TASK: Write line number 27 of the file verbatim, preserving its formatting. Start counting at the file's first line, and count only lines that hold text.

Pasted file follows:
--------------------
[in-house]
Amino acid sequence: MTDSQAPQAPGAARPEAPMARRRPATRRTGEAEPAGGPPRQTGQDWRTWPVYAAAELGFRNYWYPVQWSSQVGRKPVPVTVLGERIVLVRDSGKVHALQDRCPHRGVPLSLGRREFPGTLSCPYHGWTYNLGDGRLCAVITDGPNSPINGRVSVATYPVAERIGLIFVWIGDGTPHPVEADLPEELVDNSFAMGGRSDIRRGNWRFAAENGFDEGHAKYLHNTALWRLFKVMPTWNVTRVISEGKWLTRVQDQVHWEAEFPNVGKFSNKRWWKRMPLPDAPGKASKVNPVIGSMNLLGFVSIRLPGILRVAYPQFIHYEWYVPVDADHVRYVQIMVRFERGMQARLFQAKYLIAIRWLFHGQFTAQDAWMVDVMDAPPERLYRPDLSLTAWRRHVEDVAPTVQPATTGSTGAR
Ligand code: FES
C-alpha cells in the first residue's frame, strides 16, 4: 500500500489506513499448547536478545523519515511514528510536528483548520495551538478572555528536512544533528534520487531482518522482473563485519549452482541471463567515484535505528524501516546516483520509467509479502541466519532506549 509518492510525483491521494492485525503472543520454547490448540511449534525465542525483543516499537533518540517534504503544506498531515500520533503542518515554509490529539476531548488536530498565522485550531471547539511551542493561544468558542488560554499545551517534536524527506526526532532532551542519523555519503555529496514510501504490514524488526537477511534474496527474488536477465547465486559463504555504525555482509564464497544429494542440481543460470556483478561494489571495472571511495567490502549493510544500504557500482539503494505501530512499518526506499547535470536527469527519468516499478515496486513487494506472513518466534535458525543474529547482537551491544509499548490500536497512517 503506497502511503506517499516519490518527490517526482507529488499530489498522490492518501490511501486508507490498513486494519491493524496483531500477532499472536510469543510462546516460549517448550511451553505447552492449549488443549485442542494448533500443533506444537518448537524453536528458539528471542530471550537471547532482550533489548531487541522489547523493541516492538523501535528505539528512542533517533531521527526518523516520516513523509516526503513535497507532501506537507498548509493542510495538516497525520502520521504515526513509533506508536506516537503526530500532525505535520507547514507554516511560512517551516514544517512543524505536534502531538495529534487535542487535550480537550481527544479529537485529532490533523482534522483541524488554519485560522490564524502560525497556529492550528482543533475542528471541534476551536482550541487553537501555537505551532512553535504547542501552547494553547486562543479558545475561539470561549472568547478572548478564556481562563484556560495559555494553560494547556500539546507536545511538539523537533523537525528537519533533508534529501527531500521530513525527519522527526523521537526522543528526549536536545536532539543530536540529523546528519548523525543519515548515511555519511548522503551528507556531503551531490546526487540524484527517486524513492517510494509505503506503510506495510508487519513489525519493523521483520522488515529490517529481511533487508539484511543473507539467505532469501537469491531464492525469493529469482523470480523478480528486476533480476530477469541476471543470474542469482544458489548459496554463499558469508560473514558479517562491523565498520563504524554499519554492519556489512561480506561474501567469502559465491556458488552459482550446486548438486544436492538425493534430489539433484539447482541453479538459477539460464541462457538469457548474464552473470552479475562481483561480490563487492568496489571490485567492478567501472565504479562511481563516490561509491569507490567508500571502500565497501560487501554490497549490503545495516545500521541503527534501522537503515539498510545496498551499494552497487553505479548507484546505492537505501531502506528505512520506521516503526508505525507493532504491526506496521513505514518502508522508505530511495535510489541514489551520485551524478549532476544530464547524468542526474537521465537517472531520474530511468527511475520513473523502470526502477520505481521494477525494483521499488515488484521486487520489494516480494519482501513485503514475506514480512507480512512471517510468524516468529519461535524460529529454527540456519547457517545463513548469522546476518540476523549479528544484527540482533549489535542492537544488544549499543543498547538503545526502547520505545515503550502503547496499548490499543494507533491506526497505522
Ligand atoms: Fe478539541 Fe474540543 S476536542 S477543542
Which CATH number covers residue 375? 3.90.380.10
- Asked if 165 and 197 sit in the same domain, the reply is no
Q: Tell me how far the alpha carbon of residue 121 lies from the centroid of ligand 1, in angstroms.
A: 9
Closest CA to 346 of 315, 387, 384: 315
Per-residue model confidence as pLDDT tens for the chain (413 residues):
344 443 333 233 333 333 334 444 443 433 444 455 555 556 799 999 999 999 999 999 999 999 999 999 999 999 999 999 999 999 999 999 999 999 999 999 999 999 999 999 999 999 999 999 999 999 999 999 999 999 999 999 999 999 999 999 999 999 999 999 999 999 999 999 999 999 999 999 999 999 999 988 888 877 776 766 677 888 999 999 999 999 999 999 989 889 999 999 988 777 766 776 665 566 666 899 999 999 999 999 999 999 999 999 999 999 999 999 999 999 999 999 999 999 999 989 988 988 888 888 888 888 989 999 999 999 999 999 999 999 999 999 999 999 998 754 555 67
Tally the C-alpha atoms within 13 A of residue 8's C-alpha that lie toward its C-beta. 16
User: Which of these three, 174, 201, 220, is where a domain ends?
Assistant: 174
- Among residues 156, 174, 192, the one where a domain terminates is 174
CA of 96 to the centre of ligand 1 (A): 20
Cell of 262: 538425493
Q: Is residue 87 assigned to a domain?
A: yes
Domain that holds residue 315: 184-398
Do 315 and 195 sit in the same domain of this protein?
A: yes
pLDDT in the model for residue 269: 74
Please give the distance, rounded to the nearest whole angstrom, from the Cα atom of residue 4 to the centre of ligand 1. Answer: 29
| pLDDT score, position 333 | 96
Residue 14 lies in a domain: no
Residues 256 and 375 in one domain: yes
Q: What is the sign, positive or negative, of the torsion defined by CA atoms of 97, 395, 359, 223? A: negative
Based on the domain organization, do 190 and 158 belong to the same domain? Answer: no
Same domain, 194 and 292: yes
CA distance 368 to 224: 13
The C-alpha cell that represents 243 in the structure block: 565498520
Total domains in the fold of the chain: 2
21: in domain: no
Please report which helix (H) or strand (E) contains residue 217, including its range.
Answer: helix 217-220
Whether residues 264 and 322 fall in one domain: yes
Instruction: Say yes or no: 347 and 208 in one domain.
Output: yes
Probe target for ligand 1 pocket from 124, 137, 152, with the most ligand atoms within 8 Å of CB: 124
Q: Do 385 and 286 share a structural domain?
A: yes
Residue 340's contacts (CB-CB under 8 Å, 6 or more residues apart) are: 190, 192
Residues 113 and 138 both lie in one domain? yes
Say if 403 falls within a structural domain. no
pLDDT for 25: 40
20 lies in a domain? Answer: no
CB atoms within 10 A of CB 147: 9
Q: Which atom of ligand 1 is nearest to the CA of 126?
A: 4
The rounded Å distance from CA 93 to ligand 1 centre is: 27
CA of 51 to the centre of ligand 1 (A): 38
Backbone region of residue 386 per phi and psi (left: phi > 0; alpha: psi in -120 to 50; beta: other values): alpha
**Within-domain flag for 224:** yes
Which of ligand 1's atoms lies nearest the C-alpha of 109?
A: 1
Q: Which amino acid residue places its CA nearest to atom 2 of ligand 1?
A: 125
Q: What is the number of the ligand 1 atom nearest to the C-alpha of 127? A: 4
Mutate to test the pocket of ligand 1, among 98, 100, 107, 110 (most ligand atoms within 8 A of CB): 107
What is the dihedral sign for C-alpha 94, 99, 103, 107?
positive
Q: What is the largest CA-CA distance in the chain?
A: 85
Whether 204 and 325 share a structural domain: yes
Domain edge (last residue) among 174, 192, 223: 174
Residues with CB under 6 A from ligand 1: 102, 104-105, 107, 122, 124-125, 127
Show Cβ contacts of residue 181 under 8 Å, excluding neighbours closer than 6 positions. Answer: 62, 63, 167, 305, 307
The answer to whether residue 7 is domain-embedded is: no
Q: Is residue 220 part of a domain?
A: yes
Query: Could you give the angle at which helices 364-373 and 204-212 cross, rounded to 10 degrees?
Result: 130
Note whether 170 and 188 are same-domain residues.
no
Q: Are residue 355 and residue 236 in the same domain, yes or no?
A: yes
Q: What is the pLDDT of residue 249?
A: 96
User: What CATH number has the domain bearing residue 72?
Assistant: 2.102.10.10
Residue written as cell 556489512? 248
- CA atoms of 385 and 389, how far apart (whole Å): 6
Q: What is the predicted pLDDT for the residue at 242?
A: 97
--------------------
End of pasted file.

Residue 14 lies in a domain: no